Interior shot of Massolit Books & Cafe, showing people browsing the books in the floor-to-ceiling bookcases.Massolit Books & Cafe © Filip Stańczyk / Lonely Planet

To splash out… I put on my glad rags and enjoy a fine dining experience at Starka in Kazimierz. This was one of my first discoveries in the city and it has a cosy atmosphere, delectable courses and a free vodka shot to round off the meal. For staple Polish cuisine with a theme, I head to The Black Duck, where courses are served with – you guessed it – duck. Duck pierogi and roasted duck Krakówian style? Yes please.

When I want to get out of the city… I hop on a bus to nearby Ojców or Zakopane. About 40 minutes away, Ojców is a national park that’s best seen at the beginning of autumn for gorgeous colours and some scenic exploration. Zakopane is a little further away from Kraków, but easily visited in a weekend. I pull on my hiking boots and do some (very) early morning walking up to Morskie Oko, then head back to the village for some much-deserved Polish food and vodka.

Image of Lonely Planet Local Amy sitting beside Morskie Oko Lake, with mountains in the background.Lonely Planet Local Amy taking a well-earned rest at Morskie Oko Lake, Zakopane © Amy Hornsby / Lonely Planet

To make the most of summer… I spend it outside with some summer cinema. Grab a blanket and a deck chair and enjoy the warm evening with screenings at Wawel Castle, Forum Przestrzenia, in front of Galeria Krakówska, or on the rooftop of Kino Agrafka. Relaxing in the Planty Park with a book is another of my favourite things to do in summer, and if I fancy some refreshment, I pop into Bunkier for prime people-watching. And it’s not a proper Kraków summer without queueing for the best ice cream in the city at Lody Tradycyjne.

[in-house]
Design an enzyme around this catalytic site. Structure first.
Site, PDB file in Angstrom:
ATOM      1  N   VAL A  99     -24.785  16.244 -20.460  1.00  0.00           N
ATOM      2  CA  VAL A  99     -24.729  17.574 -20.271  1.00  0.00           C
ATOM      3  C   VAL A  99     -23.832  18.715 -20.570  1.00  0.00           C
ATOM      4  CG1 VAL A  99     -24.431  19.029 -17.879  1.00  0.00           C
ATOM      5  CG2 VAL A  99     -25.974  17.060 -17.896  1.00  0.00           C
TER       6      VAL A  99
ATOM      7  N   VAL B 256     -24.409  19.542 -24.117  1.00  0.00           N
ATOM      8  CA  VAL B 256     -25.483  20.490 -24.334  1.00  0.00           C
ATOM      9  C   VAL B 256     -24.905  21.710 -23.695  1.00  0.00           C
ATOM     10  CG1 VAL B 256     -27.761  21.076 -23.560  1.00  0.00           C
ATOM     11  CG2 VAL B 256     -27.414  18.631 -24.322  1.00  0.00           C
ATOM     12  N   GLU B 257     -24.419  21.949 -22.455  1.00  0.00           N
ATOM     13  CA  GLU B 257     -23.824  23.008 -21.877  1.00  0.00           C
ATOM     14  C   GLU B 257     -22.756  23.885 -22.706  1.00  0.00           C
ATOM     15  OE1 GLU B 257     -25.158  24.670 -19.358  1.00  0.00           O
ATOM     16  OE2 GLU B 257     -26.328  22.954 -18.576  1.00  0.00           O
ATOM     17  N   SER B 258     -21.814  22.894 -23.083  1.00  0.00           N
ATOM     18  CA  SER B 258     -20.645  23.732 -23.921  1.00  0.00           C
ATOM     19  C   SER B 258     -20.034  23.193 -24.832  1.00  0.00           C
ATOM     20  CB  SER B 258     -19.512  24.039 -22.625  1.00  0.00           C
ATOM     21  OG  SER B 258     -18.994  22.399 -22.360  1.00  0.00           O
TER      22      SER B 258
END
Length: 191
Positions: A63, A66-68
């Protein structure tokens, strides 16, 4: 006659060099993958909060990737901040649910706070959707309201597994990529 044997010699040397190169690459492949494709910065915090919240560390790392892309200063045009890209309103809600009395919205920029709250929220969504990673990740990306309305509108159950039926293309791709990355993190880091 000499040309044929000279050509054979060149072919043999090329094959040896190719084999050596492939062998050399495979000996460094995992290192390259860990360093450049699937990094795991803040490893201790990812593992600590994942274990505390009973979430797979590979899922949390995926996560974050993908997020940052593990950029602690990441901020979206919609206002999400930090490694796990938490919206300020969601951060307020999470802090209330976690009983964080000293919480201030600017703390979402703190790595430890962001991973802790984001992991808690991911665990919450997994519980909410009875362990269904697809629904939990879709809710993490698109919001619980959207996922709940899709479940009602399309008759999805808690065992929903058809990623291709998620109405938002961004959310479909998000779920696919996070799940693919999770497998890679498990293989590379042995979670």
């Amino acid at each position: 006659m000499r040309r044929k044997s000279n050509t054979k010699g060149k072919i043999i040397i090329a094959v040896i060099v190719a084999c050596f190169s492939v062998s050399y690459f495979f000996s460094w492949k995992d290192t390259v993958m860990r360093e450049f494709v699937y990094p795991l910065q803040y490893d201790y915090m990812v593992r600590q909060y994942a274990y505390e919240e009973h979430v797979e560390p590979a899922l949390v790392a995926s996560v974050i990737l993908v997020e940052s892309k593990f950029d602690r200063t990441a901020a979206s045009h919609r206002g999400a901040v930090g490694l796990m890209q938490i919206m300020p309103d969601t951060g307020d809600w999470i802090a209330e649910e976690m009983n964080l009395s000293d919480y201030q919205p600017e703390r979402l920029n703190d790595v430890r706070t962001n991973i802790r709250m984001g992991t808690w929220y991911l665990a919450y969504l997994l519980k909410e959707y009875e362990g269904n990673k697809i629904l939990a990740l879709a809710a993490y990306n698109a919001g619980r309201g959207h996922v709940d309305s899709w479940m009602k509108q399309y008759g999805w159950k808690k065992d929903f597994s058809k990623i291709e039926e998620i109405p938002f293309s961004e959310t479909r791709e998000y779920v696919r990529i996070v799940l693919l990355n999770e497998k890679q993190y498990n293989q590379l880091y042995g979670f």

On a rainy day… I hide out at one of many independent cinemas around the city like ARS, Pod Baranami, or Kijów, taking my pick from the blockbuster, indie, and old cult films that are showing. I can easily spend a few hours at the National Museum on Maja street, and Da Vinci’s famous Lady with an Ermine is housed here. Tickets are sold separately for permanent and temporary exhibitions, or you can purchase full admission which you’ll need a full day for.

Image showing the facade of the National Museum in Kraków.The National Museum in Kraków © Agnes Kantaruk / Shutterstock

When I’m in a shopping mood… I browse the many second hand shops – often called tania odzież – which are scattered around the city for a steal or two. Stary Kleparz is a popular market for fresh, local produce, as well as kitchen items, socks, accessories, and clothes. On Sundays, flea market Hala Targowa is at its fullest, with odds and ends from vinyl collections to toys, comic books, jewellery, and everything in-between.

You know you’ve adapted to Kraków life when… You start wearing a face mask to combat the smog, which can be pretty extreme in Kraków when winter rolls around. Next thing you know you’ll be complaining about tram times (or running for one) while snacking on obwarzanek (Polish bagels).